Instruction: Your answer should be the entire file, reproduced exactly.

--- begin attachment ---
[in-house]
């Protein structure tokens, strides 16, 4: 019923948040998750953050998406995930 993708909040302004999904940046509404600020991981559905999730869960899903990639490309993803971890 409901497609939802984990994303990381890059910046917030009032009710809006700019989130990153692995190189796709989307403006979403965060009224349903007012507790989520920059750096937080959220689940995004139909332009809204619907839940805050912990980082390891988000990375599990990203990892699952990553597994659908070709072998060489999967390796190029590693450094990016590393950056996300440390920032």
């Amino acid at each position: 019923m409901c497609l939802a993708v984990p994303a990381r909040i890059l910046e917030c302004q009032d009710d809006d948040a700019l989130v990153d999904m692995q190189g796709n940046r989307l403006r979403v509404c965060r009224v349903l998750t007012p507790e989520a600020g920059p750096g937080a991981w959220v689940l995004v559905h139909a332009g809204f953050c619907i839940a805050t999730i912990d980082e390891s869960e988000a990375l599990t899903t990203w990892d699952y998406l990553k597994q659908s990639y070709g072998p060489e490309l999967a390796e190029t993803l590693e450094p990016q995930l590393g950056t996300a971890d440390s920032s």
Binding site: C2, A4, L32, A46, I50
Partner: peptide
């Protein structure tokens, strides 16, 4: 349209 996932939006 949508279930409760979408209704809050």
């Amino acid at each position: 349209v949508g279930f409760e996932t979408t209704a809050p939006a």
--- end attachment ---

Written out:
[in-house]
């Protein structure tokens, strides 16, 4: 019923948040998750953050998406995930 993708909040302004999904940046509404600020991981559905999730869960899903990639490309993803971890 409901497609939802984990994303990381890059910046917030009032009710809006700019989130990153692995190189796709989307403006979403965060009224349903007012507790989520920059750096937080959220689940995004139909332009809204619907839940805050912990980082390891988000990375599990990203990892699952990553597994659908070709072998060489999967390796190029590693450094990016590393950056996300440390920032």
């Amino acid at each position: 019923m409901c497609l939802a993708v984990p994303a990381r909040i890059l910046e917030c302004q009032d009710d809006d948040a700019l989130v990153d999904m692995q190189g796709n940046r989307l403006r979403v509404c965060r009224v349903l998750t007012p507790e989520a600020g920059p750096g937080a991981w959220v689940l995004v559905h139909a332009g809204f953050c619907i839940a805050t999730i912990d980082e390891s869960e988000a990375l599990t899903t990203w990892d699952y998406l990553k597994q659908s990639y070709g072998p060489e490309l999967a390796e190029t993803l590693e450094p990016q995930l590393g950056t996300a971890d440390s920032s």
Binding site: C2, A4, L32, A46, I50
Partner: peptide
């Protein structure tokens, strides 16, 4: 349209 996932939006 949508279930409760979408209704809050």
């Amino acid at each position: 349209v949508g279930f409760e996932t979408t209704a809050p939006a």